Flying Against the Winds of Science – Culture versus StrategyWhy Southwest's Culture eats USAIRWAY's Strategy
I’ve been doing considerable research and development of programs for workforce motivation, engagement and the role of incentives and rewards in building a culture of performance. What I have discovered is that incentives and rewards are primitive tools of the 20th century carrot and stick approach to motivating employees performance, and at best they only affect short-term results and come with great risk.
With this in mind I was fascinated to find two articles about separate companies exemplifying and employing the best and worst forms of employee motivation. The first company is one operating in the 21st century but still mired in 20th century beliefs about motivation and utilizing 20th century tools to accomplish its mission. The second has a record of consistent excellence in operating performance and employee and customer satisfaction for more than 20 years, with a focus on building and sustaining a high performing culture by utilizing a proven model of motivation that taps into the intrinsic desires of employees and customers.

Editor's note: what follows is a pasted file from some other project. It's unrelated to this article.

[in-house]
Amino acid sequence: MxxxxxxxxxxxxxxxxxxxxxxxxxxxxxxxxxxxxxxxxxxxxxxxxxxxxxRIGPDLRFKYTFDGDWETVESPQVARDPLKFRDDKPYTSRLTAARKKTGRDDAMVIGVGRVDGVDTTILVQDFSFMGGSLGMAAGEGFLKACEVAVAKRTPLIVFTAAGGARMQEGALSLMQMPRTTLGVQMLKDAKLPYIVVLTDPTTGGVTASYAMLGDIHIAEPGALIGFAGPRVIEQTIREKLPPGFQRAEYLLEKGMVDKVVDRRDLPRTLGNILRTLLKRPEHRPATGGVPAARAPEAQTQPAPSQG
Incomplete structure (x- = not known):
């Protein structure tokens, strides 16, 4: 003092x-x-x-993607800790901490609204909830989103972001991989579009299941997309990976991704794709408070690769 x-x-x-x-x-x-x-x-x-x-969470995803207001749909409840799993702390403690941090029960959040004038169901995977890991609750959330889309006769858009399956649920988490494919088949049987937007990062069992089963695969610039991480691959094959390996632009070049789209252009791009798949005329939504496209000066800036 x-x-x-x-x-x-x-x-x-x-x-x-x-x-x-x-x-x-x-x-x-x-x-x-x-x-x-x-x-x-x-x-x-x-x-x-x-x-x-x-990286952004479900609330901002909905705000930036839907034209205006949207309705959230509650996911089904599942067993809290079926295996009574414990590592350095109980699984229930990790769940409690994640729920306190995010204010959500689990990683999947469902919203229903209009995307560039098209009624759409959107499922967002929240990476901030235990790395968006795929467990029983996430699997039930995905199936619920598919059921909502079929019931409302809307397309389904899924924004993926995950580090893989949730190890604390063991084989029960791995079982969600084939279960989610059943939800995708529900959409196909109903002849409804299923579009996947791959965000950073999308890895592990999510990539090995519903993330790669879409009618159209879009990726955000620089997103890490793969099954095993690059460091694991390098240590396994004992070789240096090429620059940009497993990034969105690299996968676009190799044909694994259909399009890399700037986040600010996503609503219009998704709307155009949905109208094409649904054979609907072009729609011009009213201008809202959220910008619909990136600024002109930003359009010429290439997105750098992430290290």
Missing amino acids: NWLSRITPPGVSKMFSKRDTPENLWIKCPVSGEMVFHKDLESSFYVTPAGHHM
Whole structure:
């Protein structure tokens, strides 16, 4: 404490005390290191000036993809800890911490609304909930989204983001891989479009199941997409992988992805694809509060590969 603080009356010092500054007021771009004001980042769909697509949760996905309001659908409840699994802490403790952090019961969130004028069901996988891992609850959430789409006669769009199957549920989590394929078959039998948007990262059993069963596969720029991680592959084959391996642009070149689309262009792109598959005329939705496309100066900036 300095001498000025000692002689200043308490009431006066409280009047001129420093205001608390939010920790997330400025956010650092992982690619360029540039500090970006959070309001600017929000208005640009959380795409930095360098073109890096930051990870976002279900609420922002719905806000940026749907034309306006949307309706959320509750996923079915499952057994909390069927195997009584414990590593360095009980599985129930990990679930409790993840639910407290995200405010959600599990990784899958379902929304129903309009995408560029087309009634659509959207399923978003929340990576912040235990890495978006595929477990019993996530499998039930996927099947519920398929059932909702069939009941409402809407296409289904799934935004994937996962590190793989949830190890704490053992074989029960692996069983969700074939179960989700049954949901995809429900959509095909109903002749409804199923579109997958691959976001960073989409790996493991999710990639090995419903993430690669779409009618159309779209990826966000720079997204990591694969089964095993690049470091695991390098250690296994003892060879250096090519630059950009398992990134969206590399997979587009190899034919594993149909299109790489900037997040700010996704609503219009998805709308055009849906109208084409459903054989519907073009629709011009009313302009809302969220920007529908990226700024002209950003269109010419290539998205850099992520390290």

My interest was piqued not just because of the content of the articles; I was also interested because I am a customer of both organizations and have a personal understanding of how their approaches to workforce motivation impact my experience. And I can attest that there is a significant difference.
The two companies are USAir Ways (USAir) and Southwest Airlines. I am a frequent customer of USAir – in fact, I just achieved Platinum status in their air miles program – and am an occasional user of Southwest. This is only because USAir provides better routes to my most frequent destinations. Therefore I use them out of convenience, not preference.